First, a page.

Ask Powerful Questions—
More importantly—LISTEN well for their answers
Create a Two-Way Dialogue
By Paula Fitzgerald Boos
This is the MOST important part of your interview. Powerful questions demonstrate your preparation and enable you to uncover what your interviewer cares about most. There are all kinds of important questions to ask and I believe your beginning and closing questions are the most important for any type of interview. I call these “framing” questions. Framing questions happen following the initial conversation starters and before the closing gratitude expressions and acknowledgements.
Beginning your interview conversation with a framing question like, “What is most important for you to learn from me today?” and/or “What do you believe are the most important attributes of the candidate you will hire or the most important outcome the person in this role will create in the next year?” This orients your conversation toward the interviewer—whether it as a HR phone screen or a decision maker—you establish up front what they believe is vital to the job and how you can best connect your value to what they need. It begins your conversation in a way that orients it toward the interviewer.
From there you want to create a two-way dialogue if possible. Sometimes in structured interviews they will want to ask their questions and get your responses and if/when this is the case you need to honor their structure. In your preparation hopefully you know what type of interview to expect. When you are able to create the conversation you always want to answer their question and then segue into a related follow on question. For example, the interviewer asks about your most successful project—you answer connecting it to their context and then ask about the most important project this role will be expected to execute. The best interviews are synergistic dialogues.
The framing question at the close of an interview asks for feedback. It typically will follow the interviewer’s question to you, “what other questions do you have?” It may be something like, “what is your assessment of how my skills and background align with what you are hoping for?” You may also add before or after your closing question (if you believe it to be true), “based on our conversation I feel confident that I will do well in this role and am excited for the possibility.” This is your opportunity to check in on how you did. If you are uncomfortable with a question this direct you always want to ask about next steps in the process before you end.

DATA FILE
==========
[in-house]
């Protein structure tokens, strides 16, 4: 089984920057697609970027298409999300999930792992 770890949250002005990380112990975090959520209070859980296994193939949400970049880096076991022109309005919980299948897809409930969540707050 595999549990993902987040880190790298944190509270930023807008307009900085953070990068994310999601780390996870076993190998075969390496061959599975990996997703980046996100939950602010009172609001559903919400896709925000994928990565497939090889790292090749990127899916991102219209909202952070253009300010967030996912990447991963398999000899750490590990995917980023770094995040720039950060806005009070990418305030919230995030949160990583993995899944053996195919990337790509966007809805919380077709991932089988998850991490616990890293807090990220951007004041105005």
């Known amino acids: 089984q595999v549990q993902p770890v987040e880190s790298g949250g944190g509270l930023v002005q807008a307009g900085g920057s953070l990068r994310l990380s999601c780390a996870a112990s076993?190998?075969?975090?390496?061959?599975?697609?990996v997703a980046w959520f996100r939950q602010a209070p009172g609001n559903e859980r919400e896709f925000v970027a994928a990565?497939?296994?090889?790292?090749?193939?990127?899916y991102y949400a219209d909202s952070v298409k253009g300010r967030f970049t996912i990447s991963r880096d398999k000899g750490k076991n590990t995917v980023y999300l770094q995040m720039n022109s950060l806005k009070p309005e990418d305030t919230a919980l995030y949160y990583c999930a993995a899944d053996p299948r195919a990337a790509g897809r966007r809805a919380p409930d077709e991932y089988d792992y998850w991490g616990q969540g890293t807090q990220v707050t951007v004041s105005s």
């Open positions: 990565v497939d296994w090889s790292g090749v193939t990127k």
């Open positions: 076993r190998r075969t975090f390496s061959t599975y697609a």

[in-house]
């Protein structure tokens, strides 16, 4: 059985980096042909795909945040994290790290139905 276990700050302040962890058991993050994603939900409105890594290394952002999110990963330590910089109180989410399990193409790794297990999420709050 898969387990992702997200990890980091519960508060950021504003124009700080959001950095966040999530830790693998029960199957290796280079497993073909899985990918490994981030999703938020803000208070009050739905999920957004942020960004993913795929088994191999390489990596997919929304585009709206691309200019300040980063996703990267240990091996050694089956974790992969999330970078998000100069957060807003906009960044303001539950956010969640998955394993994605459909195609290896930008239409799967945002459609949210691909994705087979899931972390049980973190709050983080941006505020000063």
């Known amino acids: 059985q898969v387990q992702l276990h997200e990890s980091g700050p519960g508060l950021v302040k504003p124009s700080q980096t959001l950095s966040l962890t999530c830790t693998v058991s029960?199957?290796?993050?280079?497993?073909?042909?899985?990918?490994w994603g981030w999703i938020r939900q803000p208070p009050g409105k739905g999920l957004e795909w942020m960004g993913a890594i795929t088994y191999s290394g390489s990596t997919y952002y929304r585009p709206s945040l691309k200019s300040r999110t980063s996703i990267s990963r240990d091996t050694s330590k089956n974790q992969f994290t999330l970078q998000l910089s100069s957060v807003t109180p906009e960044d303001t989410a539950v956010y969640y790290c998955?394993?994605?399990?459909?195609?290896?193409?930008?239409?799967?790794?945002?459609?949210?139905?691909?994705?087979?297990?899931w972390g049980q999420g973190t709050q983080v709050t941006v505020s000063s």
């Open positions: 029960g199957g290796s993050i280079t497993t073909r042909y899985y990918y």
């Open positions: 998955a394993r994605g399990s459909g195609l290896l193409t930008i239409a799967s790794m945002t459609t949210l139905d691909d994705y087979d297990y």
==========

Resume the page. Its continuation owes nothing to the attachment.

Other powerful questions to consider between your framing questions could include
What are the biggest changes your group has experienced in the last year? What were the impacts? What changes do you anticipate in the next year?
If I get the job, what does “exceeding expectations” look like? What are the key outcomes you’d like to see in this role over the next year?
How would you characterize your (or my future boss’) leadership style?
Which of your major competitors worries you most and why?
How do other departments–sales / operations / technology / marketing / finance–work here? (I.e., groups other than the one you’re interviewing for.) And how would you describe how your group works with them?
Tell me about your company culture.
How would you describe the professionals who are most successful here? What types of people don’t fit?
What’s one thing that’s key to your company’s success that somebody from outside the company wouldn’t know about?
Tell me about your background in this industry? What do you most appreciate about your industry/company?
What are your group’s best and worst working relationships with other groups in the company? What are the pain points you have to deal with day-to-day?
What keeps you up at night? What’s your biggest worry these days?
Who are the heroes at your company? What characteristics do the people who are most celebrated have in common with each other?
Conversely, what are the characteristics that are common to the promising people you hired, but who then flamed out and failed or left? As I’m considering whether or not I’d be successful here, how should I think about the experiences of the heroes and of the flame-outs?
Why did you decide to hire this position instead of the many other roles / jobs you could have hired for? What about this position made you prioritize it over others?
Tell me about your performance management/reward system. How do you acknowledge your employees?
What do you like best about your system? What about it works well? If you could change any one thing, what would it be?
How do you do performance reviews? How do I make the most of the performance review process to ensure that I’m doing the best I can for the company?
What information is shared with the employees (revenues, costs, operating metrics)? Is this an “open book” management style or something different?
How is information shared? How do I get access to the information I need to be successful in this job?
If we are going to have a very successful year in 2015, what will that look like? What will we have done over the next 6 months to make success happen?
How does this position contribute to those goals?
What is the rhythm to the work here? Is there a time of year that is more intense? How about during the week / month? Is work evenly spread, or are there crunch days?
What type of industry / functional / skills-based experience and background are you looking for in the person who will fill this position? What would the “perfect” candidate look like? (This could also be a way to ask a framing question)
What is your (or my future boss’) hiring philosophy? Is it “hire the attitude / teach the skills” or are you primarily looking to add people with domain expertise?
What’s your process and timeline for making a decision on this position?
Paula Fitzgerald Boos is a Career Strategist, Executive Coach & Facilitator, Professional Development Expert, and Change Champion